There was a tap on her door, and she toggled control over to her local
betting book screen, the only display that was duplicated, with one
inside and one outside her trailer.
She eased herself over to the door, and slid it open, admitted a face she didn't know. "What's your poison?"
"What's the book for the Prime Minister election on Three?"
He paused, ignorant of the fact that there were four of them currently
running, and another half-dozen in the coming months. "Uhh... the one
with Joh Aldams."
"Oh. Sure, just a moment." Tern turned her head to face the display,
though it was currently upside-down in relation to her body's
orientation, and scrolled through the list. "Two to three for Joh, one
to six for Sil, and one to six for Mal. No minimums. What's your bid?"
"Can I get two hundred on Mal?"
"Two hundred down on Mal pays out twelve hundred if he wins. You sure?"
He swallowed heavily, his adams apple sticking out like a sore thumb, and hesitated a moment before nodding.
"Put your thumbprint on the sensor." She gestured to the fingerprint
detector hanging beside the door jam. A quick keystroke as he did
verified his funds and transferred the appropriate amount to her holding
account. "Payout next week. Good luck."
She shut the door and went back to work.
"Do you have an appointment?" The stern personal assistant gave her a harsh glare.
"I... uh, no. I don't." Tern tried not to shrink back into the floor. Her last and final class had been about standing up to those things that intimidated you, and was one of the few curricula she actually completed.
"Mr. Sylvanus is very busy. If you don't have an appointment, you don't get to see him."
She gritted her teeth and clenched her arms behind her back, willing them not to shake. "Tell him Tern Mevit is here to see him. And has a business proposition for him. Something he very much needs in his organization."
"And what, you're the only person who can give him what he needs?"
The p.a. didn't even bother to stifle her laugh, but waved Tern over to some very uncomfortable-looking chairs and picked up the phone on her desk.
"Sir? Yes, I have a Tern Mevit here to see you. No, no appointment. Business proposition. No, she wouldn't say. But... yes sir." The woman scowled and set the phone down. "You have five minutes. Starting now."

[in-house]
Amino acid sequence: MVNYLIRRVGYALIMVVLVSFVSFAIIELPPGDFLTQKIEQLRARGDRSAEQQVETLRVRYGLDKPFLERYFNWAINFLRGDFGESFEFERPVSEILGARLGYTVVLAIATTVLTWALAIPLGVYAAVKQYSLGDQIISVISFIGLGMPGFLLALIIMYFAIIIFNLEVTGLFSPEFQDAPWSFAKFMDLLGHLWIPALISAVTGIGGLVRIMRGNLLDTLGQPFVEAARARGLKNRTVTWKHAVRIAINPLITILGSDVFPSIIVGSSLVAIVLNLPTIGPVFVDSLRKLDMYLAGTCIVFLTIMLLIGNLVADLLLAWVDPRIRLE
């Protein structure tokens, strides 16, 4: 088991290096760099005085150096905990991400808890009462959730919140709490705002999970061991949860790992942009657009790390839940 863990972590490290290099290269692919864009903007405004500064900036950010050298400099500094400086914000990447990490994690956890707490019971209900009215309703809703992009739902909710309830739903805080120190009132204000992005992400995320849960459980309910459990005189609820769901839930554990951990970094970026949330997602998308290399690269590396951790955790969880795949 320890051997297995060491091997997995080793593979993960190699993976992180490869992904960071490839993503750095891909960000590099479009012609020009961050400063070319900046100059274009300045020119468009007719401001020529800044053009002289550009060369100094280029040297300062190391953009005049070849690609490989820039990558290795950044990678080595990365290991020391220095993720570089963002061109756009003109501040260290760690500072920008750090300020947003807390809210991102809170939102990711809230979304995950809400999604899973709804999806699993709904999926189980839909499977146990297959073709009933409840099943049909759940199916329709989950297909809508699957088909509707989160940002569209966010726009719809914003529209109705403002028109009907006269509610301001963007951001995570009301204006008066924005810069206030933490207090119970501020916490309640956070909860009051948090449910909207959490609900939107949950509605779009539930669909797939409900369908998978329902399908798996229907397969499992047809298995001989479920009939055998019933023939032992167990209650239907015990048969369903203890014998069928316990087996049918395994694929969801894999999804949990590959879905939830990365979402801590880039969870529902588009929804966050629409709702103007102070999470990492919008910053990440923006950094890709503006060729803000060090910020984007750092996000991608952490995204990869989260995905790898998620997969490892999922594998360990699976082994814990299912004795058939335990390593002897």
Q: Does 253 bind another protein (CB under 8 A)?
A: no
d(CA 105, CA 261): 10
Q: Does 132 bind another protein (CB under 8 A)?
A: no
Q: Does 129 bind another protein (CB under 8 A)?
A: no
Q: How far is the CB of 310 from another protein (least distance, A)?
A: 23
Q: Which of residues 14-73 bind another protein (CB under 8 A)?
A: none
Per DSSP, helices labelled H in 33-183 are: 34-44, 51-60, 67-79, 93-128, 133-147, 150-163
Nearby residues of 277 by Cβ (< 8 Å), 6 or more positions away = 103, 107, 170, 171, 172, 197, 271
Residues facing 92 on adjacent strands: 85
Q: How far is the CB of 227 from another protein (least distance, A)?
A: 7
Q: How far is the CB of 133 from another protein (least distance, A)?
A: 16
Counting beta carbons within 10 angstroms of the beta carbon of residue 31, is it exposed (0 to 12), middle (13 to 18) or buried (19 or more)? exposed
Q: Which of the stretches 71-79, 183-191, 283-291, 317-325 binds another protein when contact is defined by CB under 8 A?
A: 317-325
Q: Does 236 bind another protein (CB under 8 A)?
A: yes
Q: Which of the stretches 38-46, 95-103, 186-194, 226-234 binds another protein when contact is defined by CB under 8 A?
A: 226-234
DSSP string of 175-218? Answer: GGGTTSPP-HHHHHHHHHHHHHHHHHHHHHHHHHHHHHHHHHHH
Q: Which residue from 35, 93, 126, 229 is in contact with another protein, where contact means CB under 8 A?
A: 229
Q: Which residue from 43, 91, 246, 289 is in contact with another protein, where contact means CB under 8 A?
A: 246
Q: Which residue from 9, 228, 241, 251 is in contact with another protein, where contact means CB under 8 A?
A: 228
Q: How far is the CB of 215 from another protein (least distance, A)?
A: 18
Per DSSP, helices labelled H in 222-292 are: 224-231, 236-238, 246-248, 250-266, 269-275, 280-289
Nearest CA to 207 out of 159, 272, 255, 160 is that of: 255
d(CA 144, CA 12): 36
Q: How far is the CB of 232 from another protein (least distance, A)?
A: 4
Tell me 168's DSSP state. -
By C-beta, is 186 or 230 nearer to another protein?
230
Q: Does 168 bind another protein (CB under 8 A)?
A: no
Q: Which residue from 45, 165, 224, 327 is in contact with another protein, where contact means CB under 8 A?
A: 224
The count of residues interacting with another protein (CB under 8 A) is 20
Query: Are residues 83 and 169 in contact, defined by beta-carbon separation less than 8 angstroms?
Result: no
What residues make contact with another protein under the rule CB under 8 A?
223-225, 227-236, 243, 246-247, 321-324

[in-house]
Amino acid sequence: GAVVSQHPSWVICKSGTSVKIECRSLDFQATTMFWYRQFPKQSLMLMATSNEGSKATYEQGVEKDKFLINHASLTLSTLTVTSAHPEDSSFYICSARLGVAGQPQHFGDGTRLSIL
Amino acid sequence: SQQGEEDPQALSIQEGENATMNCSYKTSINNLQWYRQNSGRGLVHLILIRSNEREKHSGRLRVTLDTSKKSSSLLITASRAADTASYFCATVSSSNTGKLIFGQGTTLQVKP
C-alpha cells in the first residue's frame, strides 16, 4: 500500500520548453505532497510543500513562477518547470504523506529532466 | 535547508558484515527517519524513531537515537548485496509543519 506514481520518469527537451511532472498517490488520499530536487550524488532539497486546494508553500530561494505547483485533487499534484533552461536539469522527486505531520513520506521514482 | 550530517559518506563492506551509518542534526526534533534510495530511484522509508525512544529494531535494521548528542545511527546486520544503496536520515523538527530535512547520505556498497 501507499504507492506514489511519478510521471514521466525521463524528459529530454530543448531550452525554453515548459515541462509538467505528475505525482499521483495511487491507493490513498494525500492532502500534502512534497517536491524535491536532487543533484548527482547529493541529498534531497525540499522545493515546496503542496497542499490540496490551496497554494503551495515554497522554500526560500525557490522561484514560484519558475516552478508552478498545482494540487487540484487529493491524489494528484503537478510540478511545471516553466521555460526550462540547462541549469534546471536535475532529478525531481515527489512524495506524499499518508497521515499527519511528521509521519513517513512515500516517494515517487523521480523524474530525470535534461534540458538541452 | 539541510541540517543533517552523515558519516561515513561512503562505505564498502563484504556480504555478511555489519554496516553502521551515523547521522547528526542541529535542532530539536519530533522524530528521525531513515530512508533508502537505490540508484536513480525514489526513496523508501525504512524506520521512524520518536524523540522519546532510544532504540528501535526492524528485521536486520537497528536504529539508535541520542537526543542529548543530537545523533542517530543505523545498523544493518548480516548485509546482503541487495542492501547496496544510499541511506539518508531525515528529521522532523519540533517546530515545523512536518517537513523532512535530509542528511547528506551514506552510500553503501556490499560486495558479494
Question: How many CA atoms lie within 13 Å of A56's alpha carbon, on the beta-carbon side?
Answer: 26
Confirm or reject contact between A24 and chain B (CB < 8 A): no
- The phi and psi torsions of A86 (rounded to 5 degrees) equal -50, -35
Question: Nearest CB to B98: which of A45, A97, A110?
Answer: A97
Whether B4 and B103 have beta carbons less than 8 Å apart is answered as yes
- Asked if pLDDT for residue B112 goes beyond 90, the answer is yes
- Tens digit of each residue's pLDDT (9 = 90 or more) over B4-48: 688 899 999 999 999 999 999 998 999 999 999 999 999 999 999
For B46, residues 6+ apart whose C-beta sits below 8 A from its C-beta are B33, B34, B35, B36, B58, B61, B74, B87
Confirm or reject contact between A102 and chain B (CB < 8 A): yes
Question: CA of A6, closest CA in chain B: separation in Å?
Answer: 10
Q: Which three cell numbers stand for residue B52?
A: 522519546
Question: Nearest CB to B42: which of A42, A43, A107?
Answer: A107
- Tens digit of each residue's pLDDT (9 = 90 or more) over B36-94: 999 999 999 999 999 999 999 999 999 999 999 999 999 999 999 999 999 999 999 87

Tern bolted up from her edge-of-the-seat perch and bolted for the doors, only just catching herself and her breath before striding through them.
The big man turned his chair slowly around as she entered his office, lined with dark wood and darker leather, a stark contrast to the cold efficiency of the anteroom.
"Mr. Sylvanus, I don't know if you remember me, but we met once, about fourteen years ago. You helped a little girl who got lost in a mall on Nanna find her mother."
"I'm here because you have a problem. You have a bookie who is guilty of cooking his books. He may pay a tithe to you, but I believe that, one, he is cheating you out of money, and two, he is scaring away business in the manner he conducts it. I believe I can do a better job, net your more profit, and bring more business in to your organization, all without paying a tithe."
Tern took a deep breath, trying not to let herself be rushed. 'I believe I can do a better job, if you allow me the opportunity to do the work in your territory without being harassed by your agents for a trial period."
"Times up. Get out."
Tern glanced at her watch. "I'm sorry sir, but your timepiece appears to be incorrect. It's only been two minutes." She stood her ground and waited.
John broke into a grin. "Very good, Ms Mevit. Very good. Of course I remember you. And I don't doubt you've done your homework on me since that day. What do you think of me now that you know who and what I am?" Ge stood and walked around his desk, sitting casually against it.
"As long as you are still the sort of man who saves little girls who get seperated from their mothers in malls, I think no less of you for the rest of it."
"But would you take the word of a man who says he does without sufficient evidence to know that word is good?"
"I don't have to. You did the same thing just last month, on your regularly scheduled trip to Nanna."
John stared at her, and Tern got the impression he was trying not to look surprised.
"Yes, I arranged that." She stepped forward to a few feet shy of him, despite his foreboding presence. "You are still the same man who helped me fourteen years ago. But now, I'm not the one who needs help. You're losing money, and I'm in a position to help rectify one of the problem areas." She glanced at her watch. "That's five minutes."
On cue, his phone rang, and John leaned back and picked it up. "Yes, thank you. Have them wait outside." He set the phone back down. "What do you want?"
"Three." She stuck out her hand.
John smiled. "Three months. No harassment from my agents. No tithe. If you bring in more money to my organization, you stay, get all his business, and he's gone. If you lose..." he tilted his head thoughtfully to the side, "If you lose, you work for him until such a time as he can use your business model, and then leave Vidar."
She smiled to herself. The memory one of the more pleasant ones. Obviously she had succeeded, and quickly than anyone had anticipated too, because she knew she could have done it in far less time than she asked for, knowing Sylvanus would bargain it down and, despite the agreement, have his bookie run her hard.
She turned over to her monitors, and went back to digging through Sisyphus' business dealing, hoping for some insight on their recent stock spike.